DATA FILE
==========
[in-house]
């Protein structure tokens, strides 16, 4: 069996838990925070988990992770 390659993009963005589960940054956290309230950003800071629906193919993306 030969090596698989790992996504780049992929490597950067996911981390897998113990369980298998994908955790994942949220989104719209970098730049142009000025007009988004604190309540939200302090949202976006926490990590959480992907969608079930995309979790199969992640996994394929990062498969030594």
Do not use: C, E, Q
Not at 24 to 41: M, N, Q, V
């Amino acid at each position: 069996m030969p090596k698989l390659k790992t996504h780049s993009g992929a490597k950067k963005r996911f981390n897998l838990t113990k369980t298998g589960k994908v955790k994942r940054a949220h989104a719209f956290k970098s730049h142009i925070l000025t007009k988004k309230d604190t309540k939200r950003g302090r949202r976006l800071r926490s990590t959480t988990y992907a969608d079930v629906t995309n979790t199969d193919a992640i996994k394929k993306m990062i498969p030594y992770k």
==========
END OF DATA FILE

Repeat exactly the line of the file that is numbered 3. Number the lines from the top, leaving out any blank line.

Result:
Do not use: C, E, Q